MercyCare has completed its new architecturally designed Ellenbrook Early Learning Centre in Perth’s northern suburbs. The centre on Goodwood Crescent takes its inspiration from MercyCare’s federation buildings at its original site in Wembley with red brick, timberwork, deep verandas, dominant roofline and attention to detail.
According to MercyCare interim CEO David Holden, the most impressive feature of the new centre is its 350sqm of natural outdoor play space.
“The outdoor space at Ellenbrook ELC has been designed by a specialist landscape architect and the result is truly incredible,” says Holden.
“The space encourages children’s natural curiosity in a stimulating, innovative and natural environment. Materials for the sensory play space such as natural wood and native plants have been chosen to encourage children to interact with the natural environment.
“Sand, rock mounds, wood, fragrant plants, mud and water play spaces, as well as flat paths for bike riding and grassy peaceful areas enhance sensory play and promote learning through hands-on activities.”
Internally, the architects have created a light and open space with high ceilings, large play rooms, a balance of stimulating and calming colours and a homely feel. The centre has been designed in a U shape to ensure that during all stages of the sun’s movement there is shade, light and warmth.
Ellenbrook ELC also features a flexi hub which can be used after hours as a parenting centre and for group meetings.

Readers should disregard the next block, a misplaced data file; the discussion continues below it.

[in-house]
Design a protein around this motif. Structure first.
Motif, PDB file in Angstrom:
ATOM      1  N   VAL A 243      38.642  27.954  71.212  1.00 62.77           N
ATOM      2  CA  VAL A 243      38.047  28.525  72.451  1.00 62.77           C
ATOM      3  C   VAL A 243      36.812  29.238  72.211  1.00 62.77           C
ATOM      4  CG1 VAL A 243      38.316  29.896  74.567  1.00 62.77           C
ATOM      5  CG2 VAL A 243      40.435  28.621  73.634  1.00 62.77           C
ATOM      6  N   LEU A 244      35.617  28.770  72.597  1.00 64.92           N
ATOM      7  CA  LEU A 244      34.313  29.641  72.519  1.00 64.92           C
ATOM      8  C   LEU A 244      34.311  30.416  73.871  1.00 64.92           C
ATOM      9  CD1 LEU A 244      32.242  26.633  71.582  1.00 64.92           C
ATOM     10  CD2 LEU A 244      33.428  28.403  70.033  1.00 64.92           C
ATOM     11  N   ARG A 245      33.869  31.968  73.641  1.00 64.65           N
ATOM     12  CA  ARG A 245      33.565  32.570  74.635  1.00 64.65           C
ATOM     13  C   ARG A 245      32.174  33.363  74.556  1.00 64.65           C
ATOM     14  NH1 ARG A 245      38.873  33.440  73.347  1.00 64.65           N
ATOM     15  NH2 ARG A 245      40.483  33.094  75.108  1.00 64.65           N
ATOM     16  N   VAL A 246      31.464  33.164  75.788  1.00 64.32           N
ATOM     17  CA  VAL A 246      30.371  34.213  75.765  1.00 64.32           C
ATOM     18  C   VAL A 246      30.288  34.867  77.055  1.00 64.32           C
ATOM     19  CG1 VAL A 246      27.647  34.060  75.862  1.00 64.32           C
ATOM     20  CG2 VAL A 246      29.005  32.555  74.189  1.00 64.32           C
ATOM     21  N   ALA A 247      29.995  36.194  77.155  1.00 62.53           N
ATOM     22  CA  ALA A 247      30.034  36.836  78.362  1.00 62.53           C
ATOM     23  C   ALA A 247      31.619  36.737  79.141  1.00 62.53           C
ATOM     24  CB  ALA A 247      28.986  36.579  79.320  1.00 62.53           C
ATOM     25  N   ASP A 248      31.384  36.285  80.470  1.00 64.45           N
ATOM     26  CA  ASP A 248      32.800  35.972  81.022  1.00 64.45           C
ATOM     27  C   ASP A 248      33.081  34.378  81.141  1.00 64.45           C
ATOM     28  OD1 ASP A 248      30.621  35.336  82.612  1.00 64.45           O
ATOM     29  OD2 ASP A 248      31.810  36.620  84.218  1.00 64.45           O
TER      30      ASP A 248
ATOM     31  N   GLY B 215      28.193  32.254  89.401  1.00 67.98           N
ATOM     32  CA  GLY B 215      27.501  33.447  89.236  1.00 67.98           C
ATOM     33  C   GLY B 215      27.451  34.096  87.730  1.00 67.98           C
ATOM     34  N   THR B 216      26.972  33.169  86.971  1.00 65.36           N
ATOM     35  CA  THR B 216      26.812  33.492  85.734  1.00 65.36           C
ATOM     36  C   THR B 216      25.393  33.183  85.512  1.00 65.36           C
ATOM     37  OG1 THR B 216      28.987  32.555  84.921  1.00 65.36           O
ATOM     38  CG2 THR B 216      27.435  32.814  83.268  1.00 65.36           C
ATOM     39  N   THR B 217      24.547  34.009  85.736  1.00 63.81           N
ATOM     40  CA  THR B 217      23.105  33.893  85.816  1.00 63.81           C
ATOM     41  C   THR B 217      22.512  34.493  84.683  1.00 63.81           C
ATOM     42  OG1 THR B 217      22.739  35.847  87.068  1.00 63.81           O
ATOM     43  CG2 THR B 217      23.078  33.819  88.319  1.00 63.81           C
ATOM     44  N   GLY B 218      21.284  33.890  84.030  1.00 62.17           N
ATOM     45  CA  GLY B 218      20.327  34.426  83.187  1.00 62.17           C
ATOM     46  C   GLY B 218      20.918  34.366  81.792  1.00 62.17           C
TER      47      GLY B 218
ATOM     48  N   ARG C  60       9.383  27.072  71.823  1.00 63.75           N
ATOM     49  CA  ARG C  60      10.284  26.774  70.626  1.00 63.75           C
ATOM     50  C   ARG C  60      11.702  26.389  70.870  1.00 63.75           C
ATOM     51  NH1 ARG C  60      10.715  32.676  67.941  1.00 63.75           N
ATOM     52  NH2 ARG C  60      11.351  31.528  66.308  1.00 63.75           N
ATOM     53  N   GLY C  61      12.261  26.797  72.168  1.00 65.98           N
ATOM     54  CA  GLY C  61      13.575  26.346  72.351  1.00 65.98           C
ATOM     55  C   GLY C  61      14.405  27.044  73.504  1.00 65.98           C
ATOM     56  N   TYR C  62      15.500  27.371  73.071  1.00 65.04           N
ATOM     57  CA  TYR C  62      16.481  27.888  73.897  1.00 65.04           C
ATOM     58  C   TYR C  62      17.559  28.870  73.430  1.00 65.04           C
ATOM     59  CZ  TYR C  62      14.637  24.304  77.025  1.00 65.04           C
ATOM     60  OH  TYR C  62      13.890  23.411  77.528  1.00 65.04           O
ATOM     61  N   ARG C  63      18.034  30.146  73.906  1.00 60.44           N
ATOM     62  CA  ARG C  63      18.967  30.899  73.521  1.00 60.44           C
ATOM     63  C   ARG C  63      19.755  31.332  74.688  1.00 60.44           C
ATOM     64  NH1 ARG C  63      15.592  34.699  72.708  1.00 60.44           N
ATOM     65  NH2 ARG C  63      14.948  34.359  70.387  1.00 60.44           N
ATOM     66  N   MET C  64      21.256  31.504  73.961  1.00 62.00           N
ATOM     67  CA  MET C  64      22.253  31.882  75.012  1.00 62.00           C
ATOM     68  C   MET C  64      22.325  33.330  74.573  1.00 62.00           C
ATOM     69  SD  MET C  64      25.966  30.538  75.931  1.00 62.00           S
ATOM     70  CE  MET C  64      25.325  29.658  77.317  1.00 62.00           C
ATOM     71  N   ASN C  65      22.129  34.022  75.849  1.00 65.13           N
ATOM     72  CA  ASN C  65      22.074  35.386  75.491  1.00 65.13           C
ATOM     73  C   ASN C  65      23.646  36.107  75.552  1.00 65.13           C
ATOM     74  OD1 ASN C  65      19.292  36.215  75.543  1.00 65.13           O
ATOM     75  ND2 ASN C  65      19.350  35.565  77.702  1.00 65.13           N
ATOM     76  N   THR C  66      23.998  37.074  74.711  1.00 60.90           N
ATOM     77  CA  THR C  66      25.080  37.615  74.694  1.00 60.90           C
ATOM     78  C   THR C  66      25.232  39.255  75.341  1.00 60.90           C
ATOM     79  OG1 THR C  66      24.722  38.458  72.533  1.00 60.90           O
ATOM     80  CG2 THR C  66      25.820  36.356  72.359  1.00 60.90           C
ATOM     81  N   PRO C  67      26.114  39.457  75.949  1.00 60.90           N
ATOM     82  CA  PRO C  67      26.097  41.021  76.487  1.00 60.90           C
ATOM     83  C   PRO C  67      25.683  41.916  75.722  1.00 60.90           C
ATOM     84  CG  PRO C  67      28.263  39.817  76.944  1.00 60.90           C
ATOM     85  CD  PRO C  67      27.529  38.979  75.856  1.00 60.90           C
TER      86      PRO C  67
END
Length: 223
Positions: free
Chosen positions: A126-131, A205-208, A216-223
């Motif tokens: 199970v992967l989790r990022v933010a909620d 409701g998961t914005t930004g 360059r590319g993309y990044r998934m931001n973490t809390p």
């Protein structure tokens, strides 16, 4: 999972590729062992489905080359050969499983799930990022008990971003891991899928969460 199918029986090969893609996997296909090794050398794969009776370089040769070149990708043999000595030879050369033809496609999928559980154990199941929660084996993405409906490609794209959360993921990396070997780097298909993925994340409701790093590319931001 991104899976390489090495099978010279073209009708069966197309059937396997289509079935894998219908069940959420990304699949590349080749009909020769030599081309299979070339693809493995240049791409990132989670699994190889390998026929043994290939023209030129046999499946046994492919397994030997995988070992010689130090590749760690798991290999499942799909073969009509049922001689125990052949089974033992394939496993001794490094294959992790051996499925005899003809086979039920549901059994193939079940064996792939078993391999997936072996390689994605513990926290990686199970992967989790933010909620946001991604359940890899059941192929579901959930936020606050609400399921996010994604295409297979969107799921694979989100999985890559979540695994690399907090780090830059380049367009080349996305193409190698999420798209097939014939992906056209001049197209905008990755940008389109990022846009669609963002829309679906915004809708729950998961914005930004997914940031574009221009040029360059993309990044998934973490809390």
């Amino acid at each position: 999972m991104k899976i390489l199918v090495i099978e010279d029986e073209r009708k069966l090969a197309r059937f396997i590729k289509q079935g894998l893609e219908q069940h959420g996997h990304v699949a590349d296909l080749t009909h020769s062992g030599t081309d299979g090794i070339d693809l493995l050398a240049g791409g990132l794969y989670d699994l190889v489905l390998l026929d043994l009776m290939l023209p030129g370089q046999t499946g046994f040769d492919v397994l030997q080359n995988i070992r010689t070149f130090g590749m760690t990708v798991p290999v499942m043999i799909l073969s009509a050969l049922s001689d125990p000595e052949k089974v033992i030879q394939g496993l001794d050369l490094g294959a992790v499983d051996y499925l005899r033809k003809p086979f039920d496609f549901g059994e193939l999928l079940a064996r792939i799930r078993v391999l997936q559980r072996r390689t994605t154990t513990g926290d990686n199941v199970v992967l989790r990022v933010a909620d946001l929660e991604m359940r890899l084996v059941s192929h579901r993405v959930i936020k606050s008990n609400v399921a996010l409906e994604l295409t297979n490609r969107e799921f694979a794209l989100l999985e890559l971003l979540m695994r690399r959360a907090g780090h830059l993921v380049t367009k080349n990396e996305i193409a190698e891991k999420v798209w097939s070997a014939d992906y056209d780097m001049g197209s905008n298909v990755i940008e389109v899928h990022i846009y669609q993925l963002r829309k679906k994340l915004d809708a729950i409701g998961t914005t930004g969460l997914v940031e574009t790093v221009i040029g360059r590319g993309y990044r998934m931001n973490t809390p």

Holden says MercyCare undertook a collaborative design approach to create a childcare centre for the future.
“We have designed and built an Early Learning Centre that we hope will be the benchmark for the next 20 years for flexible learning spaces designed in an agile building. We have gathered inspiration from centres around the world that are focusing on contemporary models of learning where children grow and develop in inspiring and engaging spaces.”
MercyCare engaged landscape architects Emerge Associates and SPH Architecture + Interiors for the project, which was built by MetroWest. The project followed six design principles including providing safety and security, creating a nurturing environment, creating an environmentally responsible building and designing a building that supported staff, families and the community.
Indigenous artist Michael Cummings was commissioned to create artworks for the centre that would engage and intrigue the children. Cummings created several paintings which tell the dreamtime stories of native animals including goannas, geckos, kangaroos, turtles and snakes.